From 6-10 September 2004 in Johannesburg, South Africa, APC member Women’sNet hosted a southern Africa-wide workshop to build awareness of and demonstrate the potential use of free and open source software (FOSS) in the non-profit sector, and women’s organisations specifically.
New report: Bridging the Gender Digital Divide – Challenges in Central and Eastern Europe and the ex-Soviet states
A research study “Bridging the Gender Digital Divide: A Report on Gender and Information and Communication Technologies in Central and Eastern Europe and the Commonwealth of Independent States (CEE/CIS)” produced by UNIFEM in collaboration with UNDP and Lenka Simerska and Katerina Fialova of the APC women’s programme (APC WNSP) reports that women in CEE/CIS share many of the challenges experienced by women in other world regions. But there are also some issues specific to this region that needs to be examined in the context of the legacy of communism and historical and cultural sub-regional diversities.
Every year in the UK approximately 3 million PCs are decommissioned and are no longer in use. A great many of these un-used PCs are in fine working order. Yet, in the developing world 99% of schoolchildren graduate from high school not having seen or touched a computer in the classroom. APC member in the UK, Computer Aid has supplied over 35,000 refurbished PCs to Africa over the past six years and intends to send an additional 25,000 in the next year alone. In June, they signed a partnership agreement with AITEC Africa, Africa’s leading organiser of ICT exhibitions and conferences to provide a framework for co-operation between the two organisations to improve the supply of low-cost computers to African institutions.
One neighbourhood retraces its history through an online archive of web pages, photos, and audio clips. It is a rich telling of anecdotal histories of Aboriginal mounted police, a prisoner of war camp, and more that would otherwise be lost. Another community has built a website to monitor the media regarding development planning that could make or break the community.
Internet domains (such as .uk, .fr) are sold for a profit to any taker, even if the prospective holder does not have any legal binding with the corresponding country. Thus many ccTLDs are no longer identified with their countries on the Internet, having been sold to national or foreign companies for a profit – some are supposed to be identified with some specific sectors of activity instead of countries, just like some sTLDs (sponsored gTLDs, like .aero for example), but in practice accept any registrant from anywhere in the world with a valid credit card.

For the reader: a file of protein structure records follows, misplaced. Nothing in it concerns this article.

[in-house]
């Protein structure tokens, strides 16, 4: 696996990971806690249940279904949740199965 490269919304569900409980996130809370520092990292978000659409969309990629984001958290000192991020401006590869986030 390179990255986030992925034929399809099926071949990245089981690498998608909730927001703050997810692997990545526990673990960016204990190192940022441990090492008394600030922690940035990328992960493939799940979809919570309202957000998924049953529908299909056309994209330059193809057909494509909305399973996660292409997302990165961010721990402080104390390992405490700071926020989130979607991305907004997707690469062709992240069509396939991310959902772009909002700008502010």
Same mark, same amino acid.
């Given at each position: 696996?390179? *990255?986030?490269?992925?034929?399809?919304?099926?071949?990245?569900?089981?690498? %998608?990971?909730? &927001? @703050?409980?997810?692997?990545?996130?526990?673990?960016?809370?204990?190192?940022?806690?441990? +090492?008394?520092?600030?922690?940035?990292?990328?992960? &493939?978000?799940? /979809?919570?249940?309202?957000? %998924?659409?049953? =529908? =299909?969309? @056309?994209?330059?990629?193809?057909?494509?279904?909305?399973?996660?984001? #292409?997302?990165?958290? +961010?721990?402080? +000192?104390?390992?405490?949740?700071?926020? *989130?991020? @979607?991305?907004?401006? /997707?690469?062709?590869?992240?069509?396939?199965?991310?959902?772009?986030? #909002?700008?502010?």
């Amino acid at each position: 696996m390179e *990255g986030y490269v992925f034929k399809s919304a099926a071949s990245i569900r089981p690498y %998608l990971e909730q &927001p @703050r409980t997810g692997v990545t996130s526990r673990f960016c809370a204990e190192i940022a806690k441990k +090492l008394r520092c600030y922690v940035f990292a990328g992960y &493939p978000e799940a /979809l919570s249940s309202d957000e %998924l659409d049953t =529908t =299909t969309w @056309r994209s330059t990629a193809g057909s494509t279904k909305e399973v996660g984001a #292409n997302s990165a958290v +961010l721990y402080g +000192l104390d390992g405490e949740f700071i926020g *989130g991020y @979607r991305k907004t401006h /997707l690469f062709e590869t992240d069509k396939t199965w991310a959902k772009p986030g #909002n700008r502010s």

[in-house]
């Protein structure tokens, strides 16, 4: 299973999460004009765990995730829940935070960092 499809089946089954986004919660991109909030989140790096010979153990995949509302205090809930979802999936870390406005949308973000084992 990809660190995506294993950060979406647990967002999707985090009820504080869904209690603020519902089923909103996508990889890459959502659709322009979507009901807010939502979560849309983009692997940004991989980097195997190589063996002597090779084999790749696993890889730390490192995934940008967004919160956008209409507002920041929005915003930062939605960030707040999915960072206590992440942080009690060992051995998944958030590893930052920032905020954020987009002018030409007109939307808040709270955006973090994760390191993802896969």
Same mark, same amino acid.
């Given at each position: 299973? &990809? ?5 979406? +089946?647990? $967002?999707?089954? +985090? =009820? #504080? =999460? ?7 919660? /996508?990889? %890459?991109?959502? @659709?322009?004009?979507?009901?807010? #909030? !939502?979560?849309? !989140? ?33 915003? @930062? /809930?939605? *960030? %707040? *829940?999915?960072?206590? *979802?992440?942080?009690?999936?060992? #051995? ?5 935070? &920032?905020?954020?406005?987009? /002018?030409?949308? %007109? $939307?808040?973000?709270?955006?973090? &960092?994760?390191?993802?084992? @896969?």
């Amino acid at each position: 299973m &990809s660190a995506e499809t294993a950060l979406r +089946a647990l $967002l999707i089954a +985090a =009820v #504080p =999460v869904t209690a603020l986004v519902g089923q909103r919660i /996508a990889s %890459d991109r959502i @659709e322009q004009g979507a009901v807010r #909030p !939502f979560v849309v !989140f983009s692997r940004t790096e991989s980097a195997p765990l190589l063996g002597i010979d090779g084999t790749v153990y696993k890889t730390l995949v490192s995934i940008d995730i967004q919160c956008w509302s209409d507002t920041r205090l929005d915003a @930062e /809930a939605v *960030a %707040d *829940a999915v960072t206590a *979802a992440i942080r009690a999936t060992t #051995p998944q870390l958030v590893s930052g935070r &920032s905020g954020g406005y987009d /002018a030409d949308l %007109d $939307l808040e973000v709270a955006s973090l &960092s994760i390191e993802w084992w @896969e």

The acclaimed book from APC can now be browsed online. First published in soft-back in December 2003, the handbook is for people who want orientation about information and communications technology (ICT) and internet policies, who want to understand how the internet and markets work, the background on policy and regulation, and what’s at stake for ordinary citizens.
APC member, the Third World Institute (Instituto del Tercer Mundo, ITeM) has launched a research project intended to contribute to the second phase of the World Summit on the Information Society (WSIS) decision-making process. Research will be focused on key issues of interest to developing countries. Based on the research, position and briefing papers will be produced to advise Southern negotiators and working groups on the policy implications of the different proposals they will be considering during the Summit process.
The SisBIM helps decision-makers in local governments make informed decisions regarding planning for development by providing a series of key indicators and essential geo-information. It also serves as a ‘sustainable development observatory’ where citizens can find basic development information and importantly hold government accountable. The system has been developed by APC member Colnodo and coordinated by the Ministry of Environment, Housing and Development.
Until now, a native Cambodian has needed to be able to read in a foreign language to be able to send email in Cambodia. Software was not available in Khmer. But APC’s member organisation in Cambodia, the Open Forum, is changing that. The KhmerOS portal, set up earlier this year to bring together previously isolated developers is starting out by providing Khmer translations of well-known free applications such as the powerful e-mail application, Thunderbird. Thunderbird was ready for use after just two months – sixty days earlier than expected! The Open Forum has sent APC the report on their advances in the first half of 2004.
New partners mean that RITS
APC member in Rio de Janeiro is drawing up a blue-print for the set-up and operation of 1000 telecentres in municipalities situated in areas of extreme poverty throughout Brazil. This follows RITS’ experience working with the government in Brazil’s largest city to establish over a 100 free public internet access points in marginalised neighbourhoods.